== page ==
Purified wild-type and mutant Rad5 proteins (50 ng) were incubated in 10-μl reaction mixtures containing 20 mM Tris-HCl, pH 7.0, 20 mM KCl, 2 mM MgCl2, 100 μg/ml bovine serum albumin, 1 mM dithiothreitol, and 0.5 mM [γ-32P]ATP in the presence or absence of 200 ng of single-stranded M13 DNA for 5 min at 30°C. ATPase activity was monitored by thin-layer chromatography on polyethyleneimine-cellulose and visualized by autoradiography.

Alkaline sucrose gradients.

Asynchronously growing yeast cells were UV irradiated in logarithmic phase at a density of 0.5 × 107 to 1.0 × 107 cells per ml of synthetic complete medium lacking uracil but containing 5 μg of uridine/ml at room temperature with constant stirring in 150- by 20-mm petri dishes at a dose rate of 0.1 J/m2/s. All operations after UV irradiation were performed in yellow light to avoid photoreactivation. After UV irradiation, cells were collected by filtration and resuspended in fresh uridine medium at a density of 1 × 108 to 2 × 108 cells per ml. Pulse-labeling was achieved by the addition of 100 μCi of 6′-[3H]uracil (20 to 25 Ci/mmol, 1 mCi/ml; Moravek Biochemicals and Radiochemicals, Brea, Calif.) to 1 ml of cells, followed by vigorous shaking for 15 min at 30°C. Cells were then washed, resuspended in synthetic complete medium containing 1.67 mg of uracil/ml (high-uracil medium), and incubated for an additional 30 min or 6 h prior to conversion to spheroplasts. An aliquot of 0.3 ml of the spheroplast suspension was layered directly onto a 0.2-ml lysing layer consisting of 0.79 M sorbitol, 0.66 M EDTA, 2.5% sarcosyl, 0.3 M NaCl on top of a 15 to 30% (wt/vol) linear alkaline sucrose solution gradient made in 0.3 M NaOH, 0.7 M NaCl, 40 mM EDTA, and 1% sarcosyl (pH 12.5). Centrifugation and processing of samples were performed as described previously (35), except that alkaline sucrose gradients were centrifuged at 21,000 rpm for 15.5 h and acid precipitation of alkaline-hydrolyzed samples was carried out with 1 N HCl containing 0.1 M sodium pyrophosphate.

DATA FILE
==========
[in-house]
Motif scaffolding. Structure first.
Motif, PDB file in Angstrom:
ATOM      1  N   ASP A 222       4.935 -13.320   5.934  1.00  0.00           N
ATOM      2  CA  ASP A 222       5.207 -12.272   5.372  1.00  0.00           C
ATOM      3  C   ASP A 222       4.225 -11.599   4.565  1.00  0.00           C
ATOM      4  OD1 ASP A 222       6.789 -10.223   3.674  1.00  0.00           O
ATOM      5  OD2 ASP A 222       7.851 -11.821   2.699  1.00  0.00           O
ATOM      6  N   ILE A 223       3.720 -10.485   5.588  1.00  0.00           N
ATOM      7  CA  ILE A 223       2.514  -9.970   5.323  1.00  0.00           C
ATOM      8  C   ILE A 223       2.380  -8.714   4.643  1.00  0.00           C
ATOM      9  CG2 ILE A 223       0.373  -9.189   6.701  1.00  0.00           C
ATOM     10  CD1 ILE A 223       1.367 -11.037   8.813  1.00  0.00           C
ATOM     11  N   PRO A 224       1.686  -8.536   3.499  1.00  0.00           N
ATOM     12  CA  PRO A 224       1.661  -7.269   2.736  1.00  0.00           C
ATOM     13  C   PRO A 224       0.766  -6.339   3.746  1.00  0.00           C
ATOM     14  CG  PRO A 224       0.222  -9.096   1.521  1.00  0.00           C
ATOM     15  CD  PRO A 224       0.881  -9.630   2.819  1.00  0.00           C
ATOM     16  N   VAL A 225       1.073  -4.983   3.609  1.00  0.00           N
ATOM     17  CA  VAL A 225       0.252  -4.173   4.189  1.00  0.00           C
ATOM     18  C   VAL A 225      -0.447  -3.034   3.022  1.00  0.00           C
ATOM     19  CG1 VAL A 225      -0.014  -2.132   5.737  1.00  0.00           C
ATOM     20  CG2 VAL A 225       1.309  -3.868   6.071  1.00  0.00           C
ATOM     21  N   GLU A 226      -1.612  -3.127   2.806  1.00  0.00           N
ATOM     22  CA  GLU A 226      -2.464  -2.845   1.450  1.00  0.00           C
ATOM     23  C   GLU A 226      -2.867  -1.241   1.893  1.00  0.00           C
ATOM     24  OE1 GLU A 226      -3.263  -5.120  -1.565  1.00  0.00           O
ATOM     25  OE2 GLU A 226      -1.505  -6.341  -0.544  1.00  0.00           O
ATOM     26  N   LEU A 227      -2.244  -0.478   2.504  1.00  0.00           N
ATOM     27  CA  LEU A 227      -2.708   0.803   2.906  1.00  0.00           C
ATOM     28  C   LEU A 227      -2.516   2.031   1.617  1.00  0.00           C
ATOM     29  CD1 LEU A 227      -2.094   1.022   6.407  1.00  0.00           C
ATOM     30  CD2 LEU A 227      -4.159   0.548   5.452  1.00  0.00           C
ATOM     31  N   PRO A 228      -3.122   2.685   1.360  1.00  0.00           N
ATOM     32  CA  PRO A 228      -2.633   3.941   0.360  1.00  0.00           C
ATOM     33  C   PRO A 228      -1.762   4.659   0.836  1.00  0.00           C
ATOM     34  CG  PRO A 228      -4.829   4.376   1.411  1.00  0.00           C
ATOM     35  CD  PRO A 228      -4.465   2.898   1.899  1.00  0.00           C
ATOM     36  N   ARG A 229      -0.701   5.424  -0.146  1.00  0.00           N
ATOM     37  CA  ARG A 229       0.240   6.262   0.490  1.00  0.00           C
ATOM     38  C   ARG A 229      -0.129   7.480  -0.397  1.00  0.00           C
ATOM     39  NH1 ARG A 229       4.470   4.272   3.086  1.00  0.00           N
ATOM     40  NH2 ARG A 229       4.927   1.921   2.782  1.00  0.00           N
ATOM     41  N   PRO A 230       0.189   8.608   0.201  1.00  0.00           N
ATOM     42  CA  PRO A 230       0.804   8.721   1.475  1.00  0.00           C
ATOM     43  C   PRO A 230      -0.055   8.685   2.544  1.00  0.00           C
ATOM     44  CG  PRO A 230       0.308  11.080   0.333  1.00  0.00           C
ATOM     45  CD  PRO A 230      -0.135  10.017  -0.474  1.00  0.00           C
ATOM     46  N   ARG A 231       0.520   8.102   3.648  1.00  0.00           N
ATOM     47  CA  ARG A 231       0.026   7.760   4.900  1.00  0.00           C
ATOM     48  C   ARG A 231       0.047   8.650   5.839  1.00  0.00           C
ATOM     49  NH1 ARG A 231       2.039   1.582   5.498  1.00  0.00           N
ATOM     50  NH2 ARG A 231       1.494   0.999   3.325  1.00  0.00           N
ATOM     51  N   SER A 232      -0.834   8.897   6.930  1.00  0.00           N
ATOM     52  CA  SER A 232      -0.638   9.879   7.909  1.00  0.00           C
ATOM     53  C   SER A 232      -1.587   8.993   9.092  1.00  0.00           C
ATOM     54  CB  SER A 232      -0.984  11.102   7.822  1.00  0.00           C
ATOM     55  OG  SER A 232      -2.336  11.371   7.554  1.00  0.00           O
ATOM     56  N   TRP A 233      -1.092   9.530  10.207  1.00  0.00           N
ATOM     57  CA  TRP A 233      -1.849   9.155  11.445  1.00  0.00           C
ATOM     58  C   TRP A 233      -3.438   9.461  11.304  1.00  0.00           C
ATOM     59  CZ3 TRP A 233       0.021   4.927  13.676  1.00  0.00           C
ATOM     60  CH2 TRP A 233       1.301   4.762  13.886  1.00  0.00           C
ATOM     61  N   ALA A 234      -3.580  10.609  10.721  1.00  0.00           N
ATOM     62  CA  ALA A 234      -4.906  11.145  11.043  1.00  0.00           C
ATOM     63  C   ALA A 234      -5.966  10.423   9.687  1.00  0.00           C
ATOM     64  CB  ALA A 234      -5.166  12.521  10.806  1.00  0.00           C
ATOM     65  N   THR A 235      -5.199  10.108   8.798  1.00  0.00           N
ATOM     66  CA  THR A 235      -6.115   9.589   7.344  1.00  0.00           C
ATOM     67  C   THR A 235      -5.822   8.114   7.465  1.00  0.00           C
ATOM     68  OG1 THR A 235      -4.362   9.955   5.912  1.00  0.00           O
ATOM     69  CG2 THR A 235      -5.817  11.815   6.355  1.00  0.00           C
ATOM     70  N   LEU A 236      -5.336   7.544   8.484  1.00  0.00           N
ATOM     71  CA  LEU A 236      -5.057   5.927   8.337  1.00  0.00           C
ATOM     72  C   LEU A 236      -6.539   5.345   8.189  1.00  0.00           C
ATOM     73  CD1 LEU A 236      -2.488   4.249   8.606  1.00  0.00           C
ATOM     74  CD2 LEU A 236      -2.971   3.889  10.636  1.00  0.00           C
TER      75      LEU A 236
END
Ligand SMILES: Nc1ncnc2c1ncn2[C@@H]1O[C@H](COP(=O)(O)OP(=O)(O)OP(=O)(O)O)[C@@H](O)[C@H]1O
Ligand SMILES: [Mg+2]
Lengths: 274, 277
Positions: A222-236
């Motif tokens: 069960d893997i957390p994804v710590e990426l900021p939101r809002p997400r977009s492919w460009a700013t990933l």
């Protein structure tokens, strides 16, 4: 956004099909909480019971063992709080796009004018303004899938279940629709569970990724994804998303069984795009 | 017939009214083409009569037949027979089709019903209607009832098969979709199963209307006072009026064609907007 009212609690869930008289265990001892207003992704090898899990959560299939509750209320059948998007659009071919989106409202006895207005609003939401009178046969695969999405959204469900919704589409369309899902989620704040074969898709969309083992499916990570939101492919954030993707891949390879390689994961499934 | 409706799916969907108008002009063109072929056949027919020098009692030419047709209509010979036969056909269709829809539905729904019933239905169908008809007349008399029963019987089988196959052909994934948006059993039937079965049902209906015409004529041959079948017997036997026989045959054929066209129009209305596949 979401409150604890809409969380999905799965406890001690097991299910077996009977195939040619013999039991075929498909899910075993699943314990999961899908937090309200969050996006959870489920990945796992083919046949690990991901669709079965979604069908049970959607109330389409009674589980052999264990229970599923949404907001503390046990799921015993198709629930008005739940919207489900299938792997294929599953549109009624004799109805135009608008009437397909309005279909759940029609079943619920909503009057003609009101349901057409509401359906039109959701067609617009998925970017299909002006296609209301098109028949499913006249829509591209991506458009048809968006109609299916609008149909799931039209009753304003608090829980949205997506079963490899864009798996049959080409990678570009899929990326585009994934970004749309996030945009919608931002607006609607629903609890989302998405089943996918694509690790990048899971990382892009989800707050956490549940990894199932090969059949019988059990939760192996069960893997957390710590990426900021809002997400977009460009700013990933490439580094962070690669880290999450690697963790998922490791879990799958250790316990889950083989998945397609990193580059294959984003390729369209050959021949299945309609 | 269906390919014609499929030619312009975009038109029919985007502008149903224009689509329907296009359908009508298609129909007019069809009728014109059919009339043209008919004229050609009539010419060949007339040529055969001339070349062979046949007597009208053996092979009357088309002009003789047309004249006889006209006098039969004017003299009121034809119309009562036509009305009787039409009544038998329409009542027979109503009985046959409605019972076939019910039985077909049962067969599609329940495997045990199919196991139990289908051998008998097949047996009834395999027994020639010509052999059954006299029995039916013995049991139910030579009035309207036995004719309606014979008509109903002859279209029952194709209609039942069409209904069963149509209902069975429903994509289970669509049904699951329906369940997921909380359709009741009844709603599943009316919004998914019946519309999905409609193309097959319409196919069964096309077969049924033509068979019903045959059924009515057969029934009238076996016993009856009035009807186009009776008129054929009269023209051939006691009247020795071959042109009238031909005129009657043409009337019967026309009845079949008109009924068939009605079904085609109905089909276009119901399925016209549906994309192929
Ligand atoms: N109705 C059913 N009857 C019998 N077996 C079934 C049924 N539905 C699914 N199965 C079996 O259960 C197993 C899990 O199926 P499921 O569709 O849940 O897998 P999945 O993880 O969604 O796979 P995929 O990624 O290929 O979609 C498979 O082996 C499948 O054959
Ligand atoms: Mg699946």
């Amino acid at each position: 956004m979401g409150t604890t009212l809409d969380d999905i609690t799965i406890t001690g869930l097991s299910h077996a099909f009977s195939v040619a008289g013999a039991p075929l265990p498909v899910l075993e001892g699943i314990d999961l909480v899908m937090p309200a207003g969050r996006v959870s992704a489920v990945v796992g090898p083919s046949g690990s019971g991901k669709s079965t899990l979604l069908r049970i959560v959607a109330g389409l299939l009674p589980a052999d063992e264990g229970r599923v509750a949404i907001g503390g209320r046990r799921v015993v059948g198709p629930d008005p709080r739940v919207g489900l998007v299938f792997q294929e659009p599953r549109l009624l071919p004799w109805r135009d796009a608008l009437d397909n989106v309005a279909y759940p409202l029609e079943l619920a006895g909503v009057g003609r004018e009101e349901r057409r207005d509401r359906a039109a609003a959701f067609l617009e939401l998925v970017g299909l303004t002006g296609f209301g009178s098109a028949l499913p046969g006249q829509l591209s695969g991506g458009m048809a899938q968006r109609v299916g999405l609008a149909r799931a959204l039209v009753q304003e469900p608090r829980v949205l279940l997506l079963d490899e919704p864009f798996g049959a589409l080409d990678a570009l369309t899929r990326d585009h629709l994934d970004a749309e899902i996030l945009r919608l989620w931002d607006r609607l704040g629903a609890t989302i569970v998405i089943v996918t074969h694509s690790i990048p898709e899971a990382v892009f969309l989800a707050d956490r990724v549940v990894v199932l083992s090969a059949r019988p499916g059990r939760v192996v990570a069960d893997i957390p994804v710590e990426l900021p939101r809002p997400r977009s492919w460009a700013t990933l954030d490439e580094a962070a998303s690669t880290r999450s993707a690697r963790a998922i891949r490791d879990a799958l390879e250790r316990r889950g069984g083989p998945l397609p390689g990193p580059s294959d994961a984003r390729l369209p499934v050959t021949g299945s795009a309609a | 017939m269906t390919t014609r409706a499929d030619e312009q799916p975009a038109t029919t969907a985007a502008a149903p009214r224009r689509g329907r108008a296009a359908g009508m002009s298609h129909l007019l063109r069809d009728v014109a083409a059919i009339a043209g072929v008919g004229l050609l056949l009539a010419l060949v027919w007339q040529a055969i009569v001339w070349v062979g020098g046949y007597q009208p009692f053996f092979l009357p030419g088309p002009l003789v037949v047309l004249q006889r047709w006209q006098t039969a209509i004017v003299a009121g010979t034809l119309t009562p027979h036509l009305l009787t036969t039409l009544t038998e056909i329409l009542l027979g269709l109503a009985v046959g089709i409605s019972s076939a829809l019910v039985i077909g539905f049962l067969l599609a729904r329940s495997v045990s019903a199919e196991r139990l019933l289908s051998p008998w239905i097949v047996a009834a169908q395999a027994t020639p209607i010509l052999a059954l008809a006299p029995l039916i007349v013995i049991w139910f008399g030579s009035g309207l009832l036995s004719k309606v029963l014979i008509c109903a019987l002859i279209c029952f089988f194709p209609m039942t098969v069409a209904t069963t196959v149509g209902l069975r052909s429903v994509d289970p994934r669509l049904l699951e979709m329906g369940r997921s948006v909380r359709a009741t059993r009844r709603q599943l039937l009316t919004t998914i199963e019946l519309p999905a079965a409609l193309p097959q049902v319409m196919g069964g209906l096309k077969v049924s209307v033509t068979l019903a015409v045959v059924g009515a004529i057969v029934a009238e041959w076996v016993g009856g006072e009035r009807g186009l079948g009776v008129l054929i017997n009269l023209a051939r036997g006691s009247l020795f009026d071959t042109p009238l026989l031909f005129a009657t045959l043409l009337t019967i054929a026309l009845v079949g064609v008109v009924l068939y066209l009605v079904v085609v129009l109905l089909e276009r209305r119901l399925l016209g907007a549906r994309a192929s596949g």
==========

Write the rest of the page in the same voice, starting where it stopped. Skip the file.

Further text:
UV sensitivity and UV mutagenesis.

Cells of the RAD+ strain and its isogenic derivatives containing rad5, mms2, or ubc13 genomic deletions were grown to mid-logarithmic phase in SC, while rad5Δ strains carrying mutant rad5 genes on CEN URA3 plasmids were grown in SC lacking uracil to maintain selection for the plasmid. Cultures were washed by centrifugation, followed by sonication to disperse cell clumps. After sonication, the cell suspension was centrifuged again and resuspended to a density of 2 × 108 cells per ml. Cells were diluted and spread onto plates containing SC or SC lacking uracil for viability determinations and onto plates containing SC lacking arginine for mutagenesis determinations, followed by UV irradiation at a dose rate of 1 J/m2/s. Plates were incubated in the dark, and colonies were counted after 3 to 5 days.

RESULTS

ATPase and ubiquitin ligase activities of Rad5 protein.